When passengers are bumped off overbooked flights, the practice in Singapore is to ply them with compensation. This includes travel vouchers, meals or hotel accommodation, on top of being placed on an alternative flight to the destination, airlines told The Straits Times.
There have been zero complaints against overbooking from January last year to date, said a spokesman for the Consumers Association of Singapore. Said Singapore Management University's transport specialist Terence Fan: "Customers who are bumped off are typically well- handled and well-compensated here. The staff might tell you they could upgrade your ticket to business or first class for your next flight, for example."
The issue of what airlines do when flights are overbooked is now a talking point, after a United Airlines passenger was dragged from an overbooked plane on Sunday. Aviation analyst Shukor Yusof of Endau Analytics said overbooking is not illegal, but United handled the situation poorly: "There are many other ways to persuade passengers to not fly, apart from using brute force."
A Jetstar spokesman said: "Airlines in this part of the world have a much more conservative approach to overbooking than airlines in the United States."
In Singapore, he said the passenger will be bumped off and placed on an alternative flight at the check-in counter, rather than be made to deplane after boarding.
The management of these passengers is "carefully handled" by Singapore Airlines, said its spokesman. "We are generally able to accommodate or make alternative arrangements for our customers who have a confirmed booking."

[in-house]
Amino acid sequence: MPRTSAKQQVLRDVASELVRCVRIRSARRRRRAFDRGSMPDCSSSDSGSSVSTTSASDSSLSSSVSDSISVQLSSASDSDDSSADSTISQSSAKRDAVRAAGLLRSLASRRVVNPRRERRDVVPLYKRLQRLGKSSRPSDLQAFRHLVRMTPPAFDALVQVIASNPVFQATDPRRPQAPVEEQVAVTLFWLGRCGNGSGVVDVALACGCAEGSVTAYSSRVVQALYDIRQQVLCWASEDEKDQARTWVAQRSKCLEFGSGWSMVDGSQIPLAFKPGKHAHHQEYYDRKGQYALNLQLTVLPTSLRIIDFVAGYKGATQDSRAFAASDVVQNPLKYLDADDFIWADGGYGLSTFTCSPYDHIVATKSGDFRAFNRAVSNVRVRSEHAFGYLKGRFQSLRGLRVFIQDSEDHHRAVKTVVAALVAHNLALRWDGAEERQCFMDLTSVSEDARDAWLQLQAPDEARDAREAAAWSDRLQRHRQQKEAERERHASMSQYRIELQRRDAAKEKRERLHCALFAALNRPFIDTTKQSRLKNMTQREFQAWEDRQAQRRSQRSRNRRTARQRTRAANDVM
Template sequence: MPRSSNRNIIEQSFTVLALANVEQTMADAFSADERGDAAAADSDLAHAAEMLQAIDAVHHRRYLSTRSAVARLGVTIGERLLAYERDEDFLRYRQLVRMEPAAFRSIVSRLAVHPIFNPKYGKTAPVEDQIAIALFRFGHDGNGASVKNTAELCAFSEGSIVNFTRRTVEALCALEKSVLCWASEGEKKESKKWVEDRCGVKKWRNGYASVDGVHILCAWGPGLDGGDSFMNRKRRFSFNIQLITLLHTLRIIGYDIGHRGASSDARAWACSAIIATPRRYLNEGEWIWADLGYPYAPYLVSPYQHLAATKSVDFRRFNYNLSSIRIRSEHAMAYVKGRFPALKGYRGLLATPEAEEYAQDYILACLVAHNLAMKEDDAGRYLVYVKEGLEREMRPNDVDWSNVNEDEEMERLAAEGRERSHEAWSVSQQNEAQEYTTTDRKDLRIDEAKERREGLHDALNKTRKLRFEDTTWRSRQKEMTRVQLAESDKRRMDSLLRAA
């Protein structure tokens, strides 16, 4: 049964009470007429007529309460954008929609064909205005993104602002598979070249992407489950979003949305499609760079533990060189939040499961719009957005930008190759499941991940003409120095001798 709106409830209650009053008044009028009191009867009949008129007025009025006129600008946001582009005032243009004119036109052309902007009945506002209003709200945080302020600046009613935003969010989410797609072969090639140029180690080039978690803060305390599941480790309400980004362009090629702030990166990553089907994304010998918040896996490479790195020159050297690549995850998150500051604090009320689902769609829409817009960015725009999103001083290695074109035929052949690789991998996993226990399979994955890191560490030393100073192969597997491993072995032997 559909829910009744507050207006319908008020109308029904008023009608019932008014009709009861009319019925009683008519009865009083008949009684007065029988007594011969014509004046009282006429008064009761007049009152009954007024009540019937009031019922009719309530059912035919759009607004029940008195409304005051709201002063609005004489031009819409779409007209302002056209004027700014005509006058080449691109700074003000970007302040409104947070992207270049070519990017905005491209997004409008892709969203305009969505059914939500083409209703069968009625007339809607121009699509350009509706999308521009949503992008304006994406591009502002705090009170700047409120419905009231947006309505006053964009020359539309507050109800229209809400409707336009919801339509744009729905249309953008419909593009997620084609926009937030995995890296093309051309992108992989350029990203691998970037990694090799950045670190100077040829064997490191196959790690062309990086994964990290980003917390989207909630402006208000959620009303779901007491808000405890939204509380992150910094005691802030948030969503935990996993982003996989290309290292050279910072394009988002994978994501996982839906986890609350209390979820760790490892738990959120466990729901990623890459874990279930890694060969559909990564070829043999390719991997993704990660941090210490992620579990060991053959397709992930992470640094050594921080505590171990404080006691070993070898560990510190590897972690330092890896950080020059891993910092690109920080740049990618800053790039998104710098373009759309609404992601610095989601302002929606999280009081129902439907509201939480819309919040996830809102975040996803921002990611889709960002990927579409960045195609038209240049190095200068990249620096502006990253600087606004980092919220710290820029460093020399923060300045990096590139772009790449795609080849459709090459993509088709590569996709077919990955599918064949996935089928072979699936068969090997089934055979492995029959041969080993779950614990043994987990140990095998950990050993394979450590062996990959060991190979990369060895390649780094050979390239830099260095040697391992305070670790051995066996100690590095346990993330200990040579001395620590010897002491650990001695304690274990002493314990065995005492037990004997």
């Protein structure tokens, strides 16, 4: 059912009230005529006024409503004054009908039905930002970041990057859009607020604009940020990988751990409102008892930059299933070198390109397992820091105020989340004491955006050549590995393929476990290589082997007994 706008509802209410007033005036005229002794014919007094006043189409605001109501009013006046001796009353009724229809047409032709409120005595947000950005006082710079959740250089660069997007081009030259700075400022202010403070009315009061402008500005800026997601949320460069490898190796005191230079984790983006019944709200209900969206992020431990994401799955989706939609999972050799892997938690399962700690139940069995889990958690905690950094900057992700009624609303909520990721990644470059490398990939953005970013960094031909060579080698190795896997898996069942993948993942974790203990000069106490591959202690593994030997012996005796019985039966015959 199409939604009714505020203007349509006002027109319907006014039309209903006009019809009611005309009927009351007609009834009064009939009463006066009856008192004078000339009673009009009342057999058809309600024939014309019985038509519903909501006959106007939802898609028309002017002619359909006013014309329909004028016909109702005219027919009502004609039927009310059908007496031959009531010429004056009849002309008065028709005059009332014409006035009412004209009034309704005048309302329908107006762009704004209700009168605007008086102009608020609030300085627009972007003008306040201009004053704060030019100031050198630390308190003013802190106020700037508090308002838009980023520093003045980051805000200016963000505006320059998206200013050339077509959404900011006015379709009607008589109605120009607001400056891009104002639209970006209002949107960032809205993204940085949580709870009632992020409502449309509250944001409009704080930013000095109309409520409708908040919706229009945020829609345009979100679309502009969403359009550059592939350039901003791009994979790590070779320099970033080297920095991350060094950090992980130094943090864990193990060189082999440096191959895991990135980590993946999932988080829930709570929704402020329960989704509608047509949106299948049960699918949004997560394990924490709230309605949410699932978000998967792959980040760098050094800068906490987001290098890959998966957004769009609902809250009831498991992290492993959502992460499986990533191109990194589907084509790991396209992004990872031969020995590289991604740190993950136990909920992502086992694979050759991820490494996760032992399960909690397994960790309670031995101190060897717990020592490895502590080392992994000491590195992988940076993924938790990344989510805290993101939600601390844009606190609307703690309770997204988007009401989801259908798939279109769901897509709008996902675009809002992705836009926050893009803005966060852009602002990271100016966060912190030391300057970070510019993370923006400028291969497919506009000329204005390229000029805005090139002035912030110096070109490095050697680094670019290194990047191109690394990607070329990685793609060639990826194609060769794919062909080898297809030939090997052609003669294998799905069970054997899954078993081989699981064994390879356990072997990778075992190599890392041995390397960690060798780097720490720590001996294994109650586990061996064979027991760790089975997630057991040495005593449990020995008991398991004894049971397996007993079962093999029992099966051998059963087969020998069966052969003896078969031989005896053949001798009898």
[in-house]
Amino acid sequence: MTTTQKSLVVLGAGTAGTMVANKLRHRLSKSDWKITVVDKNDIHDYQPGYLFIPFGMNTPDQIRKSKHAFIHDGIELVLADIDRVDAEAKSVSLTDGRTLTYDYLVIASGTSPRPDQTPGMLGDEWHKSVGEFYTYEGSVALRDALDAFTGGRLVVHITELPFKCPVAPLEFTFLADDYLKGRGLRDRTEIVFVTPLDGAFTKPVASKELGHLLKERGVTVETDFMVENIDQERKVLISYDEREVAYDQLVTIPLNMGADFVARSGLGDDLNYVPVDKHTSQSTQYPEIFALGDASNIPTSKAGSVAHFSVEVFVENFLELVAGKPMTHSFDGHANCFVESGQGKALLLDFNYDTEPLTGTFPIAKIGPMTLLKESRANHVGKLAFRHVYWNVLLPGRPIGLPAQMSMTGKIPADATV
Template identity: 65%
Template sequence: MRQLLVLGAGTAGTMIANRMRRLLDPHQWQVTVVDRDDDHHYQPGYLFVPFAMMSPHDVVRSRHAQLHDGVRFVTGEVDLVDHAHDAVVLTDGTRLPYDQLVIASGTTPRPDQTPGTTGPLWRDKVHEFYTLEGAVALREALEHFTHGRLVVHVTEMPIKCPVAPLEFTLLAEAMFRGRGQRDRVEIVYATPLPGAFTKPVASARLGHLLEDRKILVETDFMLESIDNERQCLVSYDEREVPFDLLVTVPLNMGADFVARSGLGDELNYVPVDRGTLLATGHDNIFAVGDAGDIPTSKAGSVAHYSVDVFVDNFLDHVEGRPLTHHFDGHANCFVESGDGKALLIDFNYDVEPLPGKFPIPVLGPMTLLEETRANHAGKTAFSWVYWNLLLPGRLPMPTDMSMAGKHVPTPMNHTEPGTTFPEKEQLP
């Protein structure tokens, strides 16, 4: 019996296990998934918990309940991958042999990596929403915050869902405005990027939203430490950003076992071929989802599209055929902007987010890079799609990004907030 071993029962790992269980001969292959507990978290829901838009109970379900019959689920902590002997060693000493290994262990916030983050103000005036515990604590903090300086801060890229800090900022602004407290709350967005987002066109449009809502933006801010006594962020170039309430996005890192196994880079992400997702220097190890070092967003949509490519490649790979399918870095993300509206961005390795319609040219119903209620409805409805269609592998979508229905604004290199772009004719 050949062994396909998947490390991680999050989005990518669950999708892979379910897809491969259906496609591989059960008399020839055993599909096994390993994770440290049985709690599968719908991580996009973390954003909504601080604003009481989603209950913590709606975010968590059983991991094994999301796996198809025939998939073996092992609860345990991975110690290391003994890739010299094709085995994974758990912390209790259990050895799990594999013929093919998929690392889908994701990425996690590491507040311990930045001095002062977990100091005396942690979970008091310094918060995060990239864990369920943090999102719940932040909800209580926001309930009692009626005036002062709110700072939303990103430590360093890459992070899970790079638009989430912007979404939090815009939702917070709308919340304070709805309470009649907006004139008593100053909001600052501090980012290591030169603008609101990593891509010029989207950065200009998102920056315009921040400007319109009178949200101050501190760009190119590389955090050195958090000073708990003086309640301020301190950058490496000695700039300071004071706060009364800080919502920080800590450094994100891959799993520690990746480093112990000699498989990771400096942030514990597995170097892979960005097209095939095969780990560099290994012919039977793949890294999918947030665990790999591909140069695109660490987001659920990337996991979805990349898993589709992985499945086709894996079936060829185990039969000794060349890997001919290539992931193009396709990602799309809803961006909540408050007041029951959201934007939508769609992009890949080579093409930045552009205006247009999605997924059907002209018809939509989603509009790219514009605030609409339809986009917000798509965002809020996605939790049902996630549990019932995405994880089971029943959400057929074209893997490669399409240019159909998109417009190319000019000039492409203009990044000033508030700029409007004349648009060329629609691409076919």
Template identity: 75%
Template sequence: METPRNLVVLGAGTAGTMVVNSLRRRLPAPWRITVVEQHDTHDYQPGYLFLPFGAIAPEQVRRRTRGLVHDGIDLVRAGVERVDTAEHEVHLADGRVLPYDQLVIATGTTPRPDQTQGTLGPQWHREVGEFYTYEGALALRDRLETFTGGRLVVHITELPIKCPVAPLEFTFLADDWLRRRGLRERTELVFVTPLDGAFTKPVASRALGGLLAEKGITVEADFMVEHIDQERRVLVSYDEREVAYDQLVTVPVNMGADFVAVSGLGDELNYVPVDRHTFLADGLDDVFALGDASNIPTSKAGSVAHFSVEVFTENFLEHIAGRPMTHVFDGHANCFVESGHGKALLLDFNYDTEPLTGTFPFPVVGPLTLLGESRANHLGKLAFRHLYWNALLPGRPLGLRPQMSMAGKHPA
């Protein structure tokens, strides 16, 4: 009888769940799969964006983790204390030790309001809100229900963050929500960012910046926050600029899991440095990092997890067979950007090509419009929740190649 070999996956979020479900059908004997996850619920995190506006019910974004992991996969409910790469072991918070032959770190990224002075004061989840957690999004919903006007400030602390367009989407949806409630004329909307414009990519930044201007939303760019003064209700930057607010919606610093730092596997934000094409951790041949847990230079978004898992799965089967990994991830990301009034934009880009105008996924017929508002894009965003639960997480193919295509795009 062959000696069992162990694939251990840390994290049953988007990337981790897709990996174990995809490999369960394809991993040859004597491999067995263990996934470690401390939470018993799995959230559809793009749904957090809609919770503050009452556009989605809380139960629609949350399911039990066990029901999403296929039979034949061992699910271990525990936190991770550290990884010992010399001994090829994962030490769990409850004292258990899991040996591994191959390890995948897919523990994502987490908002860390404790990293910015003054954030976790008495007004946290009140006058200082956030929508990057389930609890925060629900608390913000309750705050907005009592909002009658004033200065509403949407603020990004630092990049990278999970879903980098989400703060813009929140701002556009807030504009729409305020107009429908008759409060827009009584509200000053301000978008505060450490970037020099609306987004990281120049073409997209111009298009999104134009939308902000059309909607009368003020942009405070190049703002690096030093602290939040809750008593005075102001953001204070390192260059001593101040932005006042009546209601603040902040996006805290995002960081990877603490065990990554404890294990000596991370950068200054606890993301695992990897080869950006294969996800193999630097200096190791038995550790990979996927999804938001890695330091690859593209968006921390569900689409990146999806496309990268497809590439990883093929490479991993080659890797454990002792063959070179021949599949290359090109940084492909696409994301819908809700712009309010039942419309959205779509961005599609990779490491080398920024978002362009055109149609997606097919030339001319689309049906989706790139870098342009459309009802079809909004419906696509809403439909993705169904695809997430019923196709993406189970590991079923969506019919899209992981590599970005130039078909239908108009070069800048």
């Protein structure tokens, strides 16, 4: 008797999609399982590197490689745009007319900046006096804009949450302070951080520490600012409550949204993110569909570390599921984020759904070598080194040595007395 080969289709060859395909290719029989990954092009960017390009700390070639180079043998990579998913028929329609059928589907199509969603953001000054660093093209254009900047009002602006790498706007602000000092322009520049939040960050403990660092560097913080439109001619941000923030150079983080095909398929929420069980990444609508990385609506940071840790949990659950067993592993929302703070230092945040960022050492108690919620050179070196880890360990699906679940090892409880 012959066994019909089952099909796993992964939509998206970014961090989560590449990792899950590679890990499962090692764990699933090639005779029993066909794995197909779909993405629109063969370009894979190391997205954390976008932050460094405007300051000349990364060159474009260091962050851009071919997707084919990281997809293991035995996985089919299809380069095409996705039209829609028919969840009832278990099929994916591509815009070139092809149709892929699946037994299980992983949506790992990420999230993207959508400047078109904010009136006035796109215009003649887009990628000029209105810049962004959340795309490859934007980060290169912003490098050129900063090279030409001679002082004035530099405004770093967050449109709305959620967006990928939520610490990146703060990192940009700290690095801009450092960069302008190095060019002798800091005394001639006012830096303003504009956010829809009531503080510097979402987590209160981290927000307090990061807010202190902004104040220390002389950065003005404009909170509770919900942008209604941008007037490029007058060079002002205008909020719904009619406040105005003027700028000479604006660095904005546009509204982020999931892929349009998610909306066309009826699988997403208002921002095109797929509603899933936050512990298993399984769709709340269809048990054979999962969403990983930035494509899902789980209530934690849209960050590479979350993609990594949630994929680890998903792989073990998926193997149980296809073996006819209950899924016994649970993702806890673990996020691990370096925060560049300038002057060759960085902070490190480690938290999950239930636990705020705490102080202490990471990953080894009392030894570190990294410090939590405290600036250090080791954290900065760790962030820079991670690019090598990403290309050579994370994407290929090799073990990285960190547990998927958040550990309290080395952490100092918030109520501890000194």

It is an industry practice for airlines to overbook, as almost every flight has a small percentage of passengers who do not show up, said a spokesman for Scoot and Tigerair. Affected passengers can get a full cash refund if they prefer to make their own arrangements, he said.
The airlines did not respond to questions on how often they need to bump off customers, and how they decide who must give up their seats.
Professor Fan said the practice is necessary as airline companies operate on razor-thin margins. "It allows airlines to compensate for no-shows from other passengers. These passengers might pay a cancellation fee, but it will not completely recover the cost of having empty seats on the flight," he said.